The second band, another Red Bull Sound Select Artist, Rose Quartz, is a synth band Denver, Colorado.
As the veil of darkness on stage lifted to reveal stacked bulks of vintage looking synth gear, the duo known as Rose Quartz (who perform as a foursome live with the addition of guitar and drums) went into what I would describe as dancy trancy synthy indie.
Their cyclical progressions and repetitive vocal lines gave the performance a chanty element and plenty of landscape to dance to, making their set sound like one long song. Build-ups usually plateaud onto lyrical incantations while vocal effects trailed through musical changes that hopped back and forth between two or three chords. Again, dancy trancy synthy indie. The band’s musicianship gave gravity to the group’s spacey nature and I appreciated the strength of their live show; they gave their all and played an enthusiastic set. I would however like to hear them develop the journey of their songs instead of relying on technological filters as a vehicle to drive the music home. We couldn’t ignore that the progression of their songs lacked a story, leaving listeners pretty much where it all began. Nonetheless, their stamina to float into the ether and keep the dance vibes rolling made for a truly dancy, trancy, synthy indie time at the Wiltern.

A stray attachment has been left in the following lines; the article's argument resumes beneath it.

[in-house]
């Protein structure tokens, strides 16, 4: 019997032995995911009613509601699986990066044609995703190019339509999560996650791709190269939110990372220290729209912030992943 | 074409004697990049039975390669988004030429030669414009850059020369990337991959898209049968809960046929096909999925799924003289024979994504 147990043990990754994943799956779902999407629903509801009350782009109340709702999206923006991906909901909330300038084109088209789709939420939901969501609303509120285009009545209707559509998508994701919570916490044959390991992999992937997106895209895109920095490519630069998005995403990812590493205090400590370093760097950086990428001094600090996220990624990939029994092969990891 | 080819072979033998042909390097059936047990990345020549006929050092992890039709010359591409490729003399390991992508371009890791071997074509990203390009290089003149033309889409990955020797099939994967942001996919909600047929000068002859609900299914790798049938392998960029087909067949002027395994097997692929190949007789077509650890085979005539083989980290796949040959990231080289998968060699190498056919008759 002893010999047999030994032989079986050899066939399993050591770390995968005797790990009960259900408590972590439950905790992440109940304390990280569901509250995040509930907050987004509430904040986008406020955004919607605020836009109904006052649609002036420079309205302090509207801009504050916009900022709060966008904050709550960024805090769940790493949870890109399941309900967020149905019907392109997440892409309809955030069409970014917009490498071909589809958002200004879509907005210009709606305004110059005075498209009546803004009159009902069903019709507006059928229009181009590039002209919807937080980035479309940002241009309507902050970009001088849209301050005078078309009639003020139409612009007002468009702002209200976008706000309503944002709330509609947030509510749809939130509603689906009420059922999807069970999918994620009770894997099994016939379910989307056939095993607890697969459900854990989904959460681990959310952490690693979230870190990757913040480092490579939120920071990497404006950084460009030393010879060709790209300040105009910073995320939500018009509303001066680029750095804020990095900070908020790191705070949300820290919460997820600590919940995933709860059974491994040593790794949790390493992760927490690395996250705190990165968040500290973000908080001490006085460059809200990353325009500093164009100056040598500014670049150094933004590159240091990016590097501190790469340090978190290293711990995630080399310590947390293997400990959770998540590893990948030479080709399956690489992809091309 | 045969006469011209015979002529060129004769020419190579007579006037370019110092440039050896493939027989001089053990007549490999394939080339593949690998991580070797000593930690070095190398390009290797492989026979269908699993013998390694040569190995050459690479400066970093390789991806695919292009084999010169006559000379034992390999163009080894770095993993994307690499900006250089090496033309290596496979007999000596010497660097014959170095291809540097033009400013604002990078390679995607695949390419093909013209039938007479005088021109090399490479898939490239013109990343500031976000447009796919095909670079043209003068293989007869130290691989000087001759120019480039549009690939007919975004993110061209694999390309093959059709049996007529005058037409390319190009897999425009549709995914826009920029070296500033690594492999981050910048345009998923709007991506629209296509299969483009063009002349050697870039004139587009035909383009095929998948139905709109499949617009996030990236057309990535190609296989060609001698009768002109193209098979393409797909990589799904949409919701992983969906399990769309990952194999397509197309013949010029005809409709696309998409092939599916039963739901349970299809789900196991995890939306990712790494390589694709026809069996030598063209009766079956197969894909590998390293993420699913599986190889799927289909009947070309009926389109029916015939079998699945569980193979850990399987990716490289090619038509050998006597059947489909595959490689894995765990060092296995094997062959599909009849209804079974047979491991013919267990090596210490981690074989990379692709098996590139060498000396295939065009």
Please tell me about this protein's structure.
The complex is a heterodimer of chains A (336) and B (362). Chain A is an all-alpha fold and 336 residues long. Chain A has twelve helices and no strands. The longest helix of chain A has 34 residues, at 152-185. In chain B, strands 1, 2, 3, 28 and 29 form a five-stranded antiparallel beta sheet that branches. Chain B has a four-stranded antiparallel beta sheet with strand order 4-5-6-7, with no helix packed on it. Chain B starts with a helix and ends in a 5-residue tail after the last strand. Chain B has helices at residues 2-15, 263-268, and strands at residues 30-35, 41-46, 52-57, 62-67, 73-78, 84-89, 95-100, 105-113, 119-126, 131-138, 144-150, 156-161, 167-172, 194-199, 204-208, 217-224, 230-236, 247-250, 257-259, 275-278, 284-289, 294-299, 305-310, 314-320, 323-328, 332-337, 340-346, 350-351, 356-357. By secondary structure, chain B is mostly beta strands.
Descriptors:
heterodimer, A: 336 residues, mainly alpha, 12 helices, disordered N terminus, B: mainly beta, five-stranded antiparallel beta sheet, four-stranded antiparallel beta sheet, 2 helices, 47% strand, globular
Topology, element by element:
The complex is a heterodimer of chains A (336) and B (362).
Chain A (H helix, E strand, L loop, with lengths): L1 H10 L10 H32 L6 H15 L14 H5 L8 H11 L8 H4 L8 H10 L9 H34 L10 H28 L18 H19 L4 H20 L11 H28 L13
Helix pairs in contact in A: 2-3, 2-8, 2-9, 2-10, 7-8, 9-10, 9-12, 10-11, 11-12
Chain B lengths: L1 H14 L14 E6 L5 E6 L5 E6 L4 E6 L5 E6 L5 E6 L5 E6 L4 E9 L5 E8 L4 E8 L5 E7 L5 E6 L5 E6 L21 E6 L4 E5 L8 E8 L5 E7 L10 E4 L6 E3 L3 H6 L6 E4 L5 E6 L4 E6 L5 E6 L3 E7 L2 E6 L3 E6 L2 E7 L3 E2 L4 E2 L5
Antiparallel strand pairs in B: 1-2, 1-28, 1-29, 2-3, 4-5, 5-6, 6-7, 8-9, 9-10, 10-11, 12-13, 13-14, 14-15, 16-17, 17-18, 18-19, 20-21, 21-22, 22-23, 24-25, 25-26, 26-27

Rose Quartz was a decent appetizer … but we were ready and anxious for Future Islands to take the stage..
When Future Islands walked out on stage, you could tell that the crowd that was unmistakably on a mission to move and be moved. Singer Samuel Herring began with speaking a heartfelt introduction that bonded us both and served as preparation for a ceremony of unabashed intimacy.
There seemed to be shaky start as within a few seconds of their opening song, Sam gestured abruptly to kill sound and apologized of for the synth malfunction. It was as is he was teasing and taunting the brewing hurricane that the music was stirring. The audience was more than willing to forgive the incident even before Herring made a comment on the beauty of second chances. If anything, the technical difficulty proved to show the humanity in the circumstance and fit right in with the prevalent theme of their music.
They picked up just as powerfully as the first attempt, and it soared from there. Between primal outbursts of energy, blessing the crowd, eating his own sweat, and a Hulk-like tear through his shirt, the shamanistic vocalist prodded out our repressions as he shared with us his confessions. Balloons released from above as the night came to a close and Future Islands made sure there wasn’t a single thing you hadn’t danced out by playing three encores. By the end of the performance, the air was thick with the sweat of released emotional baggage. Walking back out into the city was the perfect cool down for the collective dance party we’d all just had.
Does Red Bull have the keys to the future of the music industry? Only time will tell, but their business model is one that I think may trend positive for the foreseeable future.